The Neuropsychology of Space: Spatial Functions of the Human Brain summarizes recent research findings related to understanding the brain mechanisms involved in spatial reasoning, factors that adversely impact spatial reasoning, and the clinical implications of rehabilitating people who have experienced trauma affecting spatial reasoning. This book will appeal to cognitive psychologists, neuropsychologists, and clinical psychologists. Spatial information processing is central to many aspects of cognitive psychology including perception, attention, motor action, memory, reasoning, and communication. Any behavioural task involves mentally computing spaces, mechanics, and timing and many mental tasks may require thinking about these aspects as well (e.g. imaging the route to a destination).
- Discusses how spatial processing is central to perception, attention, memory, reasoning, and communication
- Identifies the brain architecture and processes involved in spatial processing
- Describes theories of spatial processing and how empirical evidence support or refute theories
- Includes case studies of neuropsychological disorders to better illustrate theoretical concepts
- Provides an applied perspective of how spatial perception acts in the real world
- Contains rehabilitation possibilities for spatial function loss
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1. Basic Space 2. Space and the senses 3. Body space and touch 4. Action Space 5. Spatial attention 6. Visual space perception 7. Space and language 8. Spatial Memory 9. Navigation 10. Space in clinical practice
Albert Postma obtained his PhD at Nijmegen University in 1991. Subsequently he moved to Utrecht University. He now holds the chair of Clinical Neuropsychology, Utrecht University and is head of the Department of Experimental Psychology. Over the past two decades, his research has focused on spatial cognition and human memory in both healthy and brain damaged individuals. Much of this work has been inspired by the EU NEST Fp6 program "Finding your way in the world - on the neurocognitive basis of spatial memory and orientation in humans (Wayfinding) for which Albert Postma was coordinator. Another line of his spatial cognition research has focused on multisensory space and what happens to spatial cognitive abilities after sensory deprivation (blindness; deafness). Albert Postma has been editor for the memory and learning section of Acta Psychologica for several years, as well as guest editor for special issues on spatial cognition of Neuropsychologia and Acta Psychologica.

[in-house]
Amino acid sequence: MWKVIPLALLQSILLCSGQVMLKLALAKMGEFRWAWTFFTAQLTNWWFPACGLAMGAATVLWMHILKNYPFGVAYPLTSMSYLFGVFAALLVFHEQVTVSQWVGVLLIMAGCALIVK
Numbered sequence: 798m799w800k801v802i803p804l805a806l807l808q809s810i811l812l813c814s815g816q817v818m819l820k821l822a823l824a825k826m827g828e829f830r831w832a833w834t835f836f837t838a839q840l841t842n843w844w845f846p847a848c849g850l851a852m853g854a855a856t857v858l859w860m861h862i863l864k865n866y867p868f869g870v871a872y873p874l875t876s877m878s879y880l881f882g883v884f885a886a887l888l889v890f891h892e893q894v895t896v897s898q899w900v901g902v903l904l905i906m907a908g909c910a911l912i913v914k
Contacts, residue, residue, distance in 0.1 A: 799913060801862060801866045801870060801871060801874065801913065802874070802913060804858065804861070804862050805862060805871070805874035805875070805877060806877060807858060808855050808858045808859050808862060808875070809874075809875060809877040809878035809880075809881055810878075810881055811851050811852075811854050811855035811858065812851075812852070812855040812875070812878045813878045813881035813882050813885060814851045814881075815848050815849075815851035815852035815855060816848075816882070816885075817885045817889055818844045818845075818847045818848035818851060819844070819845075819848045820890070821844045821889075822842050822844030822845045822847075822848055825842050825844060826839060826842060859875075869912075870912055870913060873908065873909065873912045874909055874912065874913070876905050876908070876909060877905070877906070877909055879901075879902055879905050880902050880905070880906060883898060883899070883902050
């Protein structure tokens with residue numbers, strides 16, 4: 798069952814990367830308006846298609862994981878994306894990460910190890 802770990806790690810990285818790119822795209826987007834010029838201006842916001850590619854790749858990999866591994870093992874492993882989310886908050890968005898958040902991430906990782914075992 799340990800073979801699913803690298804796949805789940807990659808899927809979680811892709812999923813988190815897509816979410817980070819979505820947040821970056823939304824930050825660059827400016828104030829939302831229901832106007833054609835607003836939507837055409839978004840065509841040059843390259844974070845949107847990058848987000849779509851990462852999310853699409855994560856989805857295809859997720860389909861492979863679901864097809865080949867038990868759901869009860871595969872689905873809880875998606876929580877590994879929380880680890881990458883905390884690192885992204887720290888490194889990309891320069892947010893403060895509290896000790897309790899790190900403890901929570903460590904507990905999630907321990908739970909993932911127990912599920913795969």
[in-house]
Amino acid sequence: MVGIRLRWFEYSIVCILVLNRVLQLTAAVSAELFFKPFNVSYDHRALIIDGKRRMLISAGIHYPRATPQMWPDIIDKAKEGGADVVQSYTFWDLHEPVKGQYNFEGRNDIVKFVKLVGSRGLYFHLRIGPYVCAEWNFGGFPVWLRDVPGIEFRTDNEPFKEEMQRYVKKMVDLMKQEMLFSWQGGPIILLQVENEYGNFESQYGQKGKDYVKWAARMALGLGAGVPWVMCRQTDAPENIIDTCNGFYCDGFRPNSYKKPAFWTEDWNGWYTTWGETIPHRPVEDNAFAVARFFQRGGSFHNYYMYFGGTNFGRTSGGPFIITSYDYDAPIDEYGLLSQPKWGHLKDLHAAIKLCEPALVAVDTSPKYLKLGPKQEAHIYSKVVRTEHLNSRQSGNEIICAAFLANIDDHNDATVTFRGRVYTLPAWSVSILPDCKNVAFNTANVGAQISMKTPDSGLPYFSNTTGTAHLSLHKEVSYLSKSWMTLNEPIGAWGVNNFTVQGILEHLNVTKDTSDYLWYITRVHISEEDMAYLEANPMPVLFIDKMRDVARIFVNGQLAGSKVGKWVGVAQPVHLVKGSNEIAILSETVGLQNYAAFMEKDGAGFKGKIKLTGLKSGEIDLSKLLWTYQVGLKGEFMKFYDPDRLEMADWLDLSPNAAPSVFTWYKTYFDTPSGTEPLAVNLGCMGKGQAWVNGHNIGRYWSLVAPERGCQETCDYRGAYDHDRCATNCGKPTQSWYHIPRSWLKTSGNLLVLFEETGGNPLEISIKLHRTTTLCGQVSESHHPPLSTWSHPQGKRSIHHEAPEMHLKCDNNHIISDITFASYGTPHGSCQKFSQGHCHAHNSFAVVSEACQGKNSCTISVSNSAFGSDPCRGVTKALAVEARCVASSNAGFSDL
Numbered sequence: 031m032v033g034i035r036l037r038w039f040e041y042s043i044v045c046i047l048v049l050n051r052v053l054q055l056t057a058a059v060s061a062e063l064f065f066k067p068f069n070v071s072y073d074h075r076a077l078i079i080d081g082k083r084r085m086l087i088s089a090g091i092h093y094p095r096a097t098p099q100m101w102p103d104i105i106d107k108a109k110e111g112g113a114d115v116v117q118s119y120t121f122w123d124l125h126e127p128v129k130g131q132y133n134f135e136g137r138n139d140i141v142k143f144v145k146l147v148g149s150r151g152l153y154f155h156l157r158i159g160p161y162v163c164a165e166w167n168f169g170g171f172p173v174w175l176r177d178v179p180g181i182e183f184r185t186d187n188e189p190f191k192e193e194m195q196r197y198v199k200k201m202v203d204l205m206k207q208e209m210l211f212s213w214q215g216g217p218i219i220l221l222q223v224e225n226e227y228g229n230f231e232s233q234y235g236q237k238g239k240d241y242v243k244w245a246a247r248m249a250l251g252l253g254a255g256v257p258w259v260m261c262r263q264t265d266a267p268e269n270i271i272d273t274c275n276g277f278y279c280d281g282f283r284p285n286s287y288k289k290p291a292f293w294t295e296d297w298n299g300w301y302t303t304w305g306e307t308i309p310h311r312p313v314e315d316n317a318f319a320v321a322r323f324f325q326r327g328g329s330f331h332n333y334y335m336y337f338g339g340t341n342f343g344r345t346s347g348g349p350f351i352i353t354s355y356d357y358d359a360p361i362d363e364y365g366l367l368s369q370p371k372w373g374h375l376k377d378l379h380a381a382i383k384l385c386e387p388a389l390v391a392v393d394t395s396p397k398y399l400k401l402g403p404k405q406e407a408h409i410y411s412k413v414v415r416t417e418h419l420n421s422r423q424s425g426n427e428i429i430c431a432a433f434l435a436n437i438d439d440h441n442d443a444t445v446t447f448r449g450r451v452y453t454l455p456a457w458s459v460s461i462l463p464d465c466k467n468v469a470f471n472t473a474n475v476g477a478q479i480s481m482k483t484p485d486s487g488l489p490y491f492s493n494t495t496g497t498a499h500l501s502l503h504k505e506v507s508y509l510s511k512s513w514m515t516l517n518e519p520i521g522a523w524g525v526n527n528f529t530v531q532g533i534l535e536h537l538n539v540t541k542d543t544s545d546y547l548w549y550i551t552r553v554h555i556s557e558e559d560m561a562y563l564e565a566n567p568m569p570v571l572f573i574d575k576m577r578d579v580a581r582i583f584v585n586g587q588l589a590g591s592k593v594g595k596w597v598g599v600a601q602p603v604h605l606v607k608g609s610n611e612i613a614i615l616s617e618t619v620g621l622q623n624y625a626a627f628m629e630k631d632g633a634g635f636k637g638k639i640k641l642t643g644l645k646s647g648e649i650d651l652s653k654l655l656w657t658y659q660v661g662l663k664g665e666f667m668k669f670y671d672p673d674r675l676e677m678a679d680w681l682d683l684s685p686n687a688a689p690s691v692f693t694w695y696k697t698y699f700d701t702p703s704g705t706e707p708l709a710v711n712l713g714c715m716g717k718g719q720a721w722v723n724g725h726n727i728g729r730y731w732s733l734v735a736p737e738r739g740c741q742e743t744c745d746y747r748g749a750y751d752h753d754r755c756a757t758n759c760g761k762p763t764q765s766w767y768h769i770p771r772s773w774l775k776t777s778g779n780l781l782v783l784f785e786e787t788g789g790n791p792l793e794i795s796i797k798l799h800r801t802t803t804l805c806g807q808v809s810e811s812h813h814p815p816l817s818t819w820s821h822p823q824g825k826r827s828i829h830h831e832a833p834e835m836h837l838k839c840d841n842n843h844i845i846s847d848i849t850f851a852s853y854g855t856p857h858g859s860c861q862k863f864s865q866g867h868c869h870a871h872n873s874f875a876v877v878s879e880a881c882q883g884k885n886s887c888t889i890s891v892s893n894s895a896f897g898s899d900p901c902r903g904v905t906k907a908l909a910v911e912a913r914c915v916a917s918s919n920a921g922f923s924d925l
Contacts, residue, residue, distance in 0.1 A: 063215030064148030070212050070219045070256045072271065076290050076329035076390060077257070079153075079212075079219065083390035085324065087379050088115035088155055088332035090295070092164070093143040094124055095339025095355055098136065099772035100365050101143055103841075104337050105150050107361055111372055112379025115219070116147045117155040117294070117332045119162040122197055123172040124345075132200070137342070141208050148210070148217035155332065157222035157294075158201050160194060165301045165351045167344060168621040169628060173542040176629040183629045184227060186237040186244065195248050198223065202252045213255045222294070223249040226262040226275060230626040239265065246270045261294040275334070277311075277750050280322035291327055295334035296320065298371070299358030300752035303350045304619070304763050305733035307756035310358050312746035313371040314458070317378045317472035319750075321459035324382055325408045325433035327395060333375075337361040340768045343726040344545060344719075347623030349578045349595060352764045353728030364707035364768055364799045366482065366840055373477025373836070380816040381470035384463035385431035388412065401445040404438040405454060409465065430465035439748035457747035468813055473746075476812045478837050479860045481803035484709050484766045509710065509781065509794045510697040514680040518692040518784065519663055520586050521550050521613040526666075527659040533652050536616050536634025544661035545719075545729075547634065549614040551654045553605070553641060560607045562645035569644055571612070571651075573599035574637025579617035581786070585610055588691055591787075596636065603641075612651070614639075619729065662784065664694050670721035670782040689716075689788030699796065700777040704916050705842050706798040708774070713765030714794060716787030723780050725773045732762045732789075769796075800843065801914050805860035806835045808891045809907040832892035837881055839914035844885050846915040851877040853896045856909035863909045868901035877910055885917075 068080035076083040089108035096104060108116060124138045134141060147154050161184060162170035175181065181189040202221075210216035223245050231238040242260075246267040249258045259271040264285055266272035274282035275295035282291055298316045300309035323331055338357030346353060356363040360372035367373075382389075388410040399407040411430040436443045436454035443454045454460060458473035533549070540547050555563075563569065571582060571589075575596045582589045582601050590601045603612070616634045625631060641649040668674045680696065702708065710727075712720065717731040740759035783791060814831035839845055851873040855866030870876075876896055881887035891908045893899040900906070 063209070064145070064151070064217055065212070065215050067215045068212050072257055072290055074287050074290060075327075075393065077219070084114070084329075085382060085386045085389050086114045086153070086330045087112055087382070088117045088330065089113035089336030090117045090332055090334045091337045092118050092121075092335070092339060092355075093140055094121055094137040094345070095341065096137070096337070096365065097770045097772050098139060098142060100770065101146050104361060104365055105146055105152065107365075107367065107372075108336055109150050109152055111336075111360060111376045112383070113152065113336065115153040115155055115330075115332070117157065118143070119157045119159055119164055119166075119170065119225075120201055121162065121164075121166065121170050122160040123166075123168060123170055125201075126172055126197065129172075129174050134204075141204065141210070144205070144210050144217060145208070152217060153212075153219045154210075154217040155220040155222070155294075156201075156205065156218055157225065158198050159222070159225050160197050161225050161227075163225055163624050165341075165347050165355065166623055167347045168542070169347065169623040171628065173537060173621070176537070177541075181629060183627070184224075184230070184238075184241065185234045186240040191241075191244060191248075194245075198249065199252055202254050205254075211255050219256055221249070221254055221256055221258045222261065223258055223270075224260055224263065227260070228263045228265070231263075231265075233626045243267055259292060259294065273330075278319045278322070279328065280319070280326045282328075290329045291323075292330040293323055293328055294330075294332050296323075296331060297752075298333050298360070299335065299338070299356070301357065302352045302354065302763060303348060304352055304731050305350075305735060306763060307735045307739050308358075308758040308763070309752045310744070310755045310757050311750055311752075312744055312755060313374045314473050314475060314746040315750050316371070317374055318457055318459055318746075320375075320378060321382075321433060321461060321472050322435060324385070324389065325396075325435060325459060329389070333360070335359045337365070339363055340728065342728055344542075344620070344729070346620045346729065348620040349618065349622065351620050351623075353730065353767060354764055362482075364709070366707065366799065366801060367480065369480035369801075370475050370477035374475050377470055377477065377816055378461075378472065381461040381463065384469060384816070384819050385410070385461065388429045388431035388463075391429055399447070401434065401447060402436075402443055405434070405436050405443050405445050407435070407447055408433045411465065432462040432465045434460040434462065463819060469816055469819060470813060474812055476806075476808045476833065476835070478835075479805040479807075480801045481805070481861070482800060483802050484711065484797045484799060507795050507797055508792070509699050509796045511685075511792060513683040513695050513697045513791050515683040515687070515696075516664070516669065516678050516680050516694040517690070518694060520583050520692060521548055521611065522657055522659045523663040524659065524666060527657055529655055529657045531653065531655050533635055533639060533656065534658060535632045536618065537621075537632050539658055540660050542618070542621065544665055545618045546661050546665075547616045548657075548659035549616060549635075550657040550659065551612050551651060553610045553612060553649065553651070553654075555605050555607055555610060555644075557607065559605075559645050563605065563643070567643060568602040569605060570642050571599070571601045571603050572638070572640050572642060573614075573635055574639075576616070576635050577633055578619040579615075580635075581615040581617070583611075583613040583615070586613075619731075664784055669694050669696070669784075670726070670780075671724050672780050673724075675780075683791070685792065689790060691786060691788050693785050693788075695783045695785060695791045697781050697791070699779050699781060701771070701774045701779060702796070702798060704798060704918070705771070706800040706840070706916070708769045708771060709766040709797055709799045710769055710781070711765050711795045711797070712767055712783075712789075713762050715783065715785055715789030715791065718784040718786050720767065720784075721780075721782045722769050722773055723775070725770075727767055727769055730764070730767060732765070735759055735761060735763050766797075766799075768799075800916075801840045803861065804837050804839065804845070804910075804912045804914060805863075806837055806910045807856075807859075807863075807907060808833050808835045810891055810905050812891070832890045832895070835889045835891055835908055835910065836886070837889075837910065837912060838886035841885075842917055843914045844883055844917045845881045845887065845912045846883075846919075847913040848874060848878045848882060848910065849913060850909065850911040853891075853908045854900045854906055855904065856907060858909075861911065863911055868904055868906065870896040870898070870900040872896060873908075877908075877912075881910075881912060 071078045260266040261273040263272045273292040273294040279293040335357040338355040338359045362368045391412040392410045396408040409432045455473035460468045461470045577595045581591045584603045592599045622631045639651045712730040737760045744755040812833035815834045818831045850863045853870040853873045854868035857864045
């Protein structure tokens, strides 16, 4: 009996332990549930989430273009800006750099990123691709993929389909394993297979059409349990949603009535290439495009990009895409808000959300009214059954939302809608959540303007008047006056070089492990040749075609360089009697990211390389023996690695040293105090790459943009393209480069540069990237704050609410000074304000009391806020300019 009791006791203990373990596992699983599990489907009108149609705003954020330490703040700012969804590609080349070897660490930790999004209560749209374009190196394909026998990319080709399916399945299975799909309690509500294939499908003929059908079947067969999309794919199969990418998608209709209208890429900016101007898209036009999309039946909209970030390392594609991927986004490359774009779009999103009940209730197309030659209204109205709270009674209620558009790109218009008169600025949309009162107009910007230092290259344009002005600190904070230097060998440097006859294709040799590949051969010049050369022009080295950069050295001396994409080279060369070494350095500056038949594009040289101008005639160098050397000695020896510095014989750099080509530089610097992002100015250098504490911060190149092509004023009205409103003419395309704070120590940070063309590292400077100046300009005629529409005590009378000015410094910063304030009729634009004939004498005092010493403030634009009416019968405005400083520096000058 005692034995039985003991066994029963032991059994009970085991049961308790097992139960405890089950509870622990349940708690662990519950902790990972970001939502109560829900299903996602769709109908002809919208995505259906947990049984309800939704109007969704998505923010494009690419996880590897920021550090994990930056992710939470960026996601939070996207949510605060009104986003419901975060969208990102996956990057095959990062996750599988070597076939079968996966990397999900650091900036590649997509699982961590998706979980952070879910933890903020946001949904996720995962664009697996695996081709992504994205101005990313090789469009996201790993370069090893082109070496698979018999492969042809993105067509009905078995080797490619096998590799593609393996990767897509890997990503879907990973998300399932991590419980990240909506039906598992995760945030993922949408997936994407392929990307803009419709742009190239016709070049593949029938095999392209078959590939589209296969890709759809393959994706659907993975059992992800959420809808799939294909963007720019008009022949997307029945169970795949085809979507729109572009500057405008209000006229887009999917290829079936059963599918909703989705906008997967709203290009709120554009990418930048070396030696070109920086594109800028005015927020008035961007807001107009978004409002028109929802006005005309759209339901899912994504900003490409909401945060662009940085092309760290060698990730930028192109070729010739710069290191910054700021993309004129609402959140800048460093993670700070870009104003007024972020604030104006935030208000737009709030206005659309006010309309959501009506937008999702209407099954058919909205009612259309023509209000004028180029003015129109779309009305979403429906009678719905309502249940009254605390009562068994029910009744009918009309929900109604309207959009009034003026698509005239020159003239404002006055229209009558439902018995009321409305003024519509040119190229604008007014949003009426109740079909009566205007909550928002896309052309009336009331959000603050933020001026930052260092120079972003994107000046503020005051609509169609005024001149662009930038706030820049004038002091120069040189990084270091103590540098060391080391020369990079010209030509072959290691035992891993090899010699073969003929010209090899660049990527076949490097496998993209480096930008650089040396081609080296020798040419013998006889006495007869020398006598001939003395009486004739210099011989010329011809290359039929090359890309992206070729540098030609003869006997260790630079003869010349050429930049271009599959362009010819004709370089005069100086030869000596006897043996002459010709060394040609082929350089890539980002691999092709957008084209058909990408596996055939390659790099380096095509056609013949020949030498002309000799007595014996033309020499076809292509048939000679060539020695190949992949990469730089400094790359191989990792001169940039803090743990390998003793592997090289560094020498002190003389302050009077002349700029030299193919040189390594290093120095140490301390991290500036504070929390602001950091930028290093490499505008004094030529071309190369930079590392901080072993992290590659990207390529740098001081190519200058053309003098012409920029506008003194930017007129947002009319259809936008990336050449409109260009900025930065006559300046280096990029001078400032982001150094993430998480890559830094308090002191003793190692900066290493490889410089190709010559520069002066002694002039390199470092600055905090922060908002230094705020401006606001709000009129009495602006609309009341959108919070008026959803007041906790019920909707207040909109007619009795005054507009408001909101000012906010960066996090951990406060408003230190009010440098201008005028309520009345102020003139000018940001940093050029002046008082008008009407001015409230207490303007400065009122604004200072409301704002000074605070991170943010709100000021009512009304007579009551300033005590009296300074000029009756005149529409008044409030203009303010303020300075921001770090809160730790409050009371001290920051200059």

van der Ham, Ineke J. M.
Ineke van der Ham obtained her Bachelor's degree in clinical psychology at Erasmus University Rotterdam. She continued her studies at Utrecht University where she obtained her Master's degree in cognitive neuroscience. In 2006 she started as a PhD student at the department of experimental psychology at Utrecht University. In her PhD work she mainly focused on the hemispheric lateralization patterns typically found in spatial relation processing. In 2009 she was a visiting research fellow at Harvard University. In 2010 she finished her dissertation entitled: Thinking left and right, neurocognitive studies on spatial relation processing. In 2010-2015 she was employed as an assistant professor neuropsychology at Utrecht University. Since 2015 she is an assistant professor neuropsychology at Leiden University. In her current research, she focuses mainly on the neurocognition of navigation ability and navigation impairments. She is developing diagnostic and training tools, making use of virtual reality and serious gaming techniques.